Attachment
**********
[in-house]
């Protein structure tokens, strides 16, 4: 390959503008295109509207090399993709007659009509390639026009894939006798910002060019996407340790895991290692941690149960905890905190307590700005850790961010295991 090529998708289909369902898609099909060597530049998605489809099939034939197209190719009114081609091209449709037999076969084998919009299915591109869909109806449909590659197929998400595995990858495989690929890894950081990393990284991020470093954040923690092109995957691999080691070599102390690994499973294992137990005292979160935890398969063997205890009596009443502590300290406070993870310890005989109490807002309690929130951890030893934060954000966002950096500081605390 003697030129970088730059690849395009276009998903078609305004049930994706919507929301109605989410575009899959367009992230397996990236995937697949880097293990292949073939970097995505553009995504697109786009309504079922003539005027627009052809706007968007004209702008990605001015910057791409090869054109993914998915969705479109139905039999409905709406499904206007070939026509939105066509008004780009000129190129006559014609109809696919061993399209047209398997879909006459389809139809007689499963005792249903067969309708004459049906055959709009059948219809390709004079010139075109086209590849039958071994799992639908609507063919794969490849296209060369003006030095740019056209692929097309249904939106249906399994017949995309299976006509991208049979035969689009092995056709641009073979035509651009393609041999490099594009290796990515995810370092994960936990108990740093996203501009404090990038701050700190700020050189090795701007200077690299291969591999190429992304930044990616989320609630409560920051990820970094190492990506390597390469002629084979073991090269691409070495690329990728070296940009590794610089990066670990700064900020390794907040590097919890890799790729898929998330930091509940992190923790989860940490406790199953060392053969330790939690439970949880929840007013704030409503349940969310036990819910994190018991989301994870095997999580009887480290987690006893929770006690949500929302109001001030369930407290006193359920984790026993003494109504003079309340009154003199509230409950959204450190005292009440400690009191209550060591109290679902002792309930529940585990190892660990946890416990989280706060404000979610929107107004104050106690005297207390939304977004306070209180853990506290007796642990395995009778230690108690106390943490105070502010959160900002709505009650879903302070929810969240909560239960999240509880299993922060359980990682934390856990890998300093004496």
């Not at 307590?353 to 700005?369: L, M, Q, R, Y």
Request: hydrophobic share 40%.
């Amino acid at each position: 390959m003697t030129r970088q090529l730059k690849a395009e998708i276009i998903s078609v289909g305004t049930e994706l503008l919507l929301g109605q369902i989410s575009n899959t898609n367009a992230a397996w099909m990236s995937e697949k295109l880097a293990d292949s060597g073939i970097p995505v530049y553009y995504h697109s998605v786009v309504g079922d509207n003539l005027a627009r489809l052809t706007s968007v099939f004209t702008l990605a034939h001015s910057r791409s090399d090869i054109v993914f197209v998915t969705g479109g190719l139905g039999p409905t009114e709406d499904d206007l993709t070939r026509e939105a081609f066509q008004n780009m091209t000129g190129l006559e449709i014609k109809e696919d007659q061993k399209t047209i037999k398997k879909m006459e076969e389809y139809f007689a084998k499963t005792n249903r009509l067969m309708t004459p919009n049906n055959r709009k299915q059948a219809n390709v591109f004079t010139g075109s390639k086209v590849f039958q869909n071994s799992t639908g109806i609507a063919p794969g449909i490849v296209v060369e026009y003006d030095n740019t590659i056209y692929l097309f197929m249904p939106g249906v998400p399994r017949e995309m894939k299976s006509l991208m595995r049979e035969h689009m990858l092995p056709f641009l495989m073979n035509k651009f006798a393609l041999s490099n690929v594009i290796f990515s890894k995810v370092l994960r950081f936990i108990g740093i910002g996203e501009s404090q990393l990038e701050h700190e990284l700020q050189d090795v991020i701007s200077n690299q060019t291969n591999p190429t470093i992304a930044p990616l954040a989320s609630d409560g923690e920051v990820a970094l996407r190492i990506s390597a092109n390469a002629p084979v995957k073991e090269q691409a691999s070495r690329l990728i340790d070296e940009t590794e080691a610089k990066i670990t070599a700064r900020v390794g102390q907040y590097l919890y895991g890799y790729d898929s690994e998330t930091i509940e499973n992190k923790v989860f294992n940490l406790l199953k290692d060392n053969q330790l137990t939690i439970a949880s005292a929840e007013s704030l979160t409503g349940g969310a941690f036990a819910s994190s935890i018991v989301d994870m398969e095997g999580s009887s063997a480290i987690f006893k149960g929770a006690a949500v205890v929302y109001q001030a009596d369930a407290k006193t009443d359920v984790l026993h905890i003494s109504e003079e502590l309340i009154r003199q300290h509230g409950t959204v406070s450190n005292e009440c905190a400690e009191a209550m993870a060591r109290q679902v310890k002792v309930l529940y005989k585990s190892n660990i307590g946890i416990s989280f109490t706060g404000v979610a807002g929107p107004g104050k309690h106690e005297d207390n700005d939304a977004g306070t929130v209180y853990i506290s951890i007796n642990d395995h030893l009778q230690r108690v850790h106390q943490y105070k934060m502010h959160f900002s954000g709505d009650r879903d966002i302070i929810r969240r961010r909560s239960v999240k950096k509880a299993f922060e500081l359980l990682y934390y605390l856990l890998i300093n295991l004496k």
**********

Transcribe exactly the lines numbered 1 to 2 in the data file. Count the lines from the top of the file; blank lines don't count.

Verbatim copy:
[in-house]
């Protein structure tokens, strides 16, 4: 390959503008295109509207090399993709007659009509390639026009894939006798910002060019996407340790895991290692941690149960905890905190307590700005850790961010295991 090529998708289909369902898609099909060597530049998605489809099939034939197209190719009114081609091209449709037999076969084998919009299915591109869909109806449909590659197929998400595995990858495989690929890894950081990393990284991020470093954040923690092109995957691999080691070599102390690994499973294992137990005292979160935890398969063997205890009596009443502590300290406070993870310890005989109490807002309690929130951890030893934060954000966002950096500081605390 003697030129970088730059690849395009276009998903078609305004049930994706919507929301109605989410575009899959367009992230397996990236995937697949880097293990292949073939970097995505553009995504697109786009309504079922003539005027627009052809706007968007004209702008990605001015910057791409090869054109993914998915969705479109139905039999409905709406499904206007070939026509939105066509008004780009000129190129006559014609109809696919061993399209047209398997879909006459389809139809007689499963005792249903067969309708004459049906055959709009059948219809390709004079010139075109086209590849039958071994799992639908609507063919794969490849296209060369003006030095740019056209692929097309249904939106249906399994017949995309299976006509991208049979035969689009092995056709641009073979035509651009393609041999490099594009290796990515995810370092994960936990108990740093996203501009404090990038701050700190700020050189090795701007200077690299291969591999190429992304930044990616989320609630409560920051990820970094190492990506390597390469002629084979073991090269691409070495690329990728070296940009590794610089990066670990700064900020390794907040590097919890890799790729898929998330930091509940992190923790989860940490406790199953060392053969330790939690439970949880929840007013704030409503349940969310036990819910994190018991989301994870095997999580009887480290987690006893929770006690949500929302109001001030369930407290006193359920984790026993003494109504003079309340009154003199509230409950959204450190005292009440400690009191209550060591109290679902002792309930529940585990190892660990946890416990989280706060404000979610929107107004104050106690005297207390939304977004306070209180853990506290007796642990395995009778230690108690106390943490105070502010959160900002709505009650879903302070929810969240909560239960999240509880299993922060359980990682934390856990890998300093004496």